Don’t see “A Beautiful Day in the Neighborhood” unless you want to change your life for good.

The movie will leave you awestruck at the miracle Fred Rogers was that you missed. Or at least I did.

The movie made me want to be a better person.

My daughter, who is 41, loved “Mister Rogers’ Neighborhood.”

She was glued to the show, mesmerized by Daniel Tiger, King Friday and the man in the red cardigan.

Back then, I worried Fred Rogers might be a creep. He was soooo into children and possessed some magical power over my daughter. She didn’t move a muscle or miss an episode.

He did the same routine every show: sing a song, pull on a sweater, change his shoes, feed his fish. Yawn. How could such a boring show captivate kids?

Now I know. And I wish I had watched them all with her.

Fred Rogers was the real deal, a genuine, caring, kind man who loved everyone. The shy, chubby kid with asthma who was bullied and called “Fat Freddy” spoke to children eye to eye, heart to heart.

He was a vegetarian who didn’t drink or smoke and prayed for nearly everyone he met. Fred Rogers died in 2003 at age 74. I hope the movie gives him new life. The world needs the lessons he taught us:

Become the master of your mad.

I had no idea how to manage anger except to duck and hide. In my house, when dad got angry, we got hit. Lesson? Anger hurts, so don’t make anyone angry and don’t ever be angry.

Mr. Rogers sang the solution in, “What Do You Do with the Mad That You Feel?” He told kids they could bang on the deep end of the piano.

“It does give you a good feeling to know that there’s something that you can do to help you become the master of the mad that you feel, and not have to hurt yourself or anybody else.”

Love people as is.

“To love someone is to strive to accept that person exactly the way he or she is, right here and now,” Mr. Rogers taught. He once said, “How sad it is that we give up on people who are just like us.”

There are no losers, only lessons.

I used to hate losing at anything. Checkers. Chess. Chutes & Ladders. Losing hit that shame button in me, the one we all have, that says, “I’m not worthy. I’m not good enough.”

To Mr. Rogers, being the best loser took talent, too. He would color outside the lines and say, “I’m not very good at it, but it doesn’t matter. It feels good to have made something.”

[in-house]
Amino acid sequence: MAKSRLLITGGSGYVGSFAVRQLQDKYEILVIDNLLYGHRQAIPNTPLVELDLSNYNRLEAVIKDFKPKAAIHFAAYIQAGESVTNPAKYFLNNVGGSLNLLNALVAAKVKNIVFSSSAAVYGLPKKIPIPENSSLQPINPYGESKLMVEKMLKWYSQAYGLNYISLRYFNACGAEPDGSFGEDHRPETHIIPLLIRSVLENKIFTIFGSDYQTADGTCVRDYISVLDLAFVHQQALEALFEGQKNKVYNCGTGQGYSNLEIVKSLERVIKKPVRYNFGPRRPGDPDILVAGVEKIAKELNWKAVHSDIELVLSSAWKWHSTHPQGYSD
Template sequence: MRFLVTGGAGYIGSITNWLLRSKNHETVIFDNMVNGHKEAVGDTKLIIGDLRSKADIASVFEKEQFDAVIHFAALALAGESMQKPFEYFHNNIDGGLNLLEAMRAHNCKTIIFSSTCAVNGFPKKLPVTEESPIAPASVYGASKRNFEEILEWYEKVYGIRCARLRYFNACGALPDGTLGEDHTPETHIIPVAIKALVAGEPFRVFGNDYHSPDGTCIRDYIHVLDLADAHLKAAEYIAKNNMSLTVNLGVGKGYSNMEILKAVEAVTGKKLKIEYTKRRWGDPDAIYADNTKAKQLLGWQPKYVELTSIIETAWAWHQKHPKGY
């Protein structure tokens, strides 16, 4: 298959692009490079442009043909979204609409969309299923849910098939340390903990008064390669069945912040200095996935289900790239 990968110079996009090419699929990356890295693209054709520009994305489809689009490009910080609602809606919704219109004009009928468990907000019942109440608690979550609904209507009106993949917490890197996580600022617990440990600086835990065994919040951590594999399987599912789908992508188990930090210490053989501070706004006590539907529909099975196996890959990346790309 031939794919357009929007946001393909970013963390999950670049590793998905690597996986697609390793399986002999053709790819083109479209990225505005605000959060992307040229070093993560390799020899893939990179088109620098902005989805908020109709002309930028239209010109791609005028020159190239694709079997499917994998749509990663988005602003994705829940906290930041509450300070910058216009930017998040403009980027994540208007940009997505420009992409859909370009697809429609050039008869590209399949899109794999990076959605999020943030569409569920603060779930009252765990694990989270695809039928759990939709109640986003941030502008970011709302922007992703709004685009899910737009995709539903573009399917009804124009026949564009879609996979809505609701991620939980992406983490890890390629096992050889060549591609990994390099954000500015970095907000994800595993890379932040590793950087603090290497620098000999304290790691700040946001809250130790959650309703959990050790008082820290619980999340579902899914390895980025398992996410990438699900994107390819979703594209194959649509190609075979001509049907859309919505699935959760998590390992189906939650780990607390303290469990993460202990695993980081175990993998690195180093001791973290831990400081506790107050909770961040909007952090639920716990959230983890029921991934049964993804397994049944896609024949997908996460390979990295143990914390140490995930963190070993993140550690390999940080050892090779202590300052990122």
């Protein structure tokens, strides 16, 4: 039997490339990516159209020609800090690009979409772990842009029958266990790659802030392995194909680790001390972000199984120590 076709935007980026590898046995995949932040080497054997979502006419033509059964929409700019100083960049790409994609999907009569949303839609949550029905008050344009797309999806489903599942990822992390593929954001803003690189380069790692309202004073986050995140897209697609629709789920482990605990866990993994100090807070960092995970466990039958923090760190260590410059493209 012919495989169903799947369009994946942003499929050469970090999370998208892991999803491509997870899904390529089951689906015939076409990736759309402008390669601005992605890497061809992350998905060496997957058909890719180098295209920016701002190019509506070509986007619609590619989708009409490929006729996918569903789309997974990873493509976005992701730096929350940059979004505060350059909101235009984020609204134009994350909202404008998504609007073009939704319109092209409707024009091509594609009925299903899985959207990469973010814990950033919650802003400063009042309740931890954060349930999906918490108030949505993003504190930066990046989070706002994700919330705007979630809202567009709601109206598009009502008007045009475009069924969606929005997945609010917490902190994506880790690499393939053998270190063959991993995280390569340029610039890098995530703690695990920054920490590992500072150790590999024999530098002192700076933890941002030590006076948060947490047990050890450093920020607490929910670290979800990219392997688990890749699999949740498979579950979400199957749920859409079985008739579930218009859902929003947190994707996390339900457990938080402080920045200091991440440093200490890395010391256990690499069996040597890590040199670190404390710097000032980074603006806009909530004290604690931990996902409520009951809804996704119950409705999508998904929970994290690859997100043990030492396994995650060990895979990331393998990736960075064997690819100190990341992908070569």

Friends matter.

My friend, Marty Friedman, is the world’s greatest friend. He could actually teach Mr. Rogers a thing or two. Marty always calls when we’re leaving town to wish us well and always calls us the day we arrive home to welcome us back.

Mr. Rogers, an ordained Presbyterian minister, lived fully the message from Leviticus 19:18, “Love your neighbor as you love yourself.”

Look for the helpers.

Mr. Rogers guided the country after 9/11 with these words: “When I was a boy and I would see scary things in the news, my mother would say to me, ‘Look for the helpers. You will always find people who are helping.’ … I am always comforted by realizing that there are still so many helpers – so many caring people in this world.”

In a world where you can be anything, be kind.

He offered three ways to ultimate success: “The first way is to be kind. The second way is to be kind. The third way is to be kind.”

Hang in there.

“Often when you think you’re at the end of something, you’re at the beginning of something else.”

Name it.

We so often dance around the topics of death, disease and divorce. Kids struggle silently through it, so why not talk about it. “Whatever is mentionable can be more manageable,” Mr. Rogers said.

Be, and be grateful.

When Mr. Rogers accepted his Emmy Lifetime Achievement Award in 1997, he told the audience, “All of us have special ones who have loved us into being. Would you just take, along with me, 10 seconds to think of the people who have helped you become who you are.” Try it. I dare you not to cry.

Live joyfully.

Fred Rogers taught us to live joyfully when he sang that bubbly tune, “It’s such a good feeling to know you’re alive.”

Yes, it is.

Read Regina Brett online at Connect with her on Facebook at ReginaBrettFans. 2019 Ohio SPJ Best Columnist.


Letters, commentaries and opinions appearing in the Cleveland Jewish News do not necessarily reflect the opinions of the Cleveland Jewish Publication Company, its board, officers or staff.

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